Young prisoners at a Secure Training Centre (G4S)
The decision by Justice Secretary Chris Grayling last September to remove virtually all legal aid for prisoners means the law will remain a well-guarded secret, out of reach for children and other vulnerable prisoners — the very people who we want to develop respect for the law.
The impact of the cuts will be felt far and wide.
A child facing destitution on release from prison will no longer get legal aid to challenge the failure of the local authority to find him a safe home to go to.
A pregnant woman sent to prison on remand for shoplifting food for her children will no longer get legal aid to fight the decision to separate her from her baby as soon as it is born.
A prisoner with learning disabilities will rot in jail without any opportunity to do work on why he committed his crime.
These are matters that go to the heart of what the government says it cares about most – rehabilitation and public safety – and it is entirely right that we should stand up for them in court.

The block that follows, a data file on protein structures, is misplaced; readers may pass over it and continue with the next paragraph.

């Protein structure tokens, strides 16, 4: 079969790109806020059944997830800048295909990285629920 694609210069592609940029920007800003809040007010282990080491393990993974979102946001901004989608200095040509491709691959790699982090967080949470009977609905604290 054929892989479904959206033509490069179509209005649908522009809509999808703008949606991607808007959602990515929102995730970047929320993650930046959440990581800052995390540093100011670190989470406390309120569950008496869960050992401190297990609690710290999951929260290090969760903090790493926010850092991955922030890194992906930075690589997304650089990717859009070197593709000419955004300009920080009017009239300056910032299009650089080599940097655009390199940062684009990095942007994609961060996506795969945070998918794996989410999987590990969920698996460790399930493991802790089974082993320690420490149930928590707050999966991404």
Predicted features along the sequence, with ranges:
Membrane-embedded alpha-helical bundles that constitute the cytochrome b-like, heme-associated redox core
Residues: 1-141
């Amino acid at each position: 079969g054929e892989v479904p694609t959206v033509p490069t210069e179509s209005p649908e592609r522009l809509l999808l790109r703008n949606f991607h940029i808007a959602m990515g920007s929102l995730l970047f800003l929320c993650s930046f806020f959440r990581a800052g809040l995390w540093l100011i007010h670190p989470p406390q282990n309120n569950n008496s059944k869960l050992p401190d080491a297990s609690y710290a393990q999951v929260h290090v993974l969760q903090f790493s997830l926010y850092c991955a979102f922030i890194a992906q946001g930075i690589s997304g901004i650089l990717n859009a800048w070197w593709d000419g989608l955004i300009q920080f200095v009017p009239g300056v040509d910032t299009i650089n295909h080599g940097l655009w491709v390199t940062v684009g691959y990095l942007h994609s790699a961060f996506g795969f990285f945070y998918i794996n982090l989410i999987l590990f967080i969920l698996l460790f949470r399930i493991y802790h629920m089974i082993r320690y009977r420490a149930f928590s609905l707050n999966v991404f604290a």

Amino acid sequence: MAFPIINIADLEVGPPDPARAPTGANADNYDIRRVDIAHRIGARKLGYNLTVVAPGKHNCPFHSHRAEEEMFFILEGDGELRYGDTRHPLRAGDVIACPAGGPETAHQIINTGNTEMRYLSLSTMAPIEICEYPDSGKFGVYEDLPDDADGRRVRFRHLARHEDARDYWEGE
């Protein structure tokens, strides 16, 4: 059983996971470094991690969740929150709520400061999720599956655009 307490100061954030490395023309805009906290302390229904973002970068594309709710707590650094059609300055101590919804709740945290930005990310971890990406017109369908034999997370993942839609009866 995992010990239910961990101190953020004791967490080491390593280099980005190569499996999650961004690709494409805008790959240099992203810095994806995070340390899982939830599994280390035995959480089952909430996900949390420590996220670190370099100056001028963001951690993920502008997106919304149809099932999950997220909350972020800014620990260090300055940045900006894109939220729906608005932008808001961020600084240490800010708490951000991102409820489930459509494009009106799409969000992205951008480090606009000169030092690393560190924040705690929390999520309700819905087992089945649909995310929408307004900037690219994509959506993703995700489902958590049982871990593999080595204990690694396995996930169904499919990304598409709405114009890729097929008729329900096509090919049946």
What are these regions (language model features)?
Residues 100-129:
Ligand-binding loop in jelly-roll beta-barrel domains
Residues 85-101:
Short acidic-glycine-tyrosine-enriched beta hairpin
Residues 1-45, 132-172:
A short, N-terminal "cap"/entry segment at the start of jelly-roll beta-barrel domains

On Monday 17 March, the High Court refused the Howard League for Penal Reform, and another charity, the Prisoners’ Advice Service, permission to challenge the government’s legal aid cuts to prisoners in the Courts.
The Court accepted that the cuts might not save money and would have serious adverse consequences for prisoners but declared the issue ‘political’ rather than ‘legal’.
The Court was right that the issues are political.
The Justice Secretary announced his wholesale package of legal aids under the headline of the cuts for prisoners – even though they account for less than 2 per cent of the savings he hopes to make from legal aid cuts. Grayling even defended this decision to the Justice Select Committee by saying he is ‘ideologically opposed’ to prisoners being able to take cases to court. It is as if Grayling is proud to have jettisoned his duty to uphold the rule of law as Lord Chancellor in favour of his political ambitions.
But the issues in our case are also clearly legal: the system that the Justice Secretary has created is inherently unfair. If the law cannot intervene to correct unfairness, what good is the law?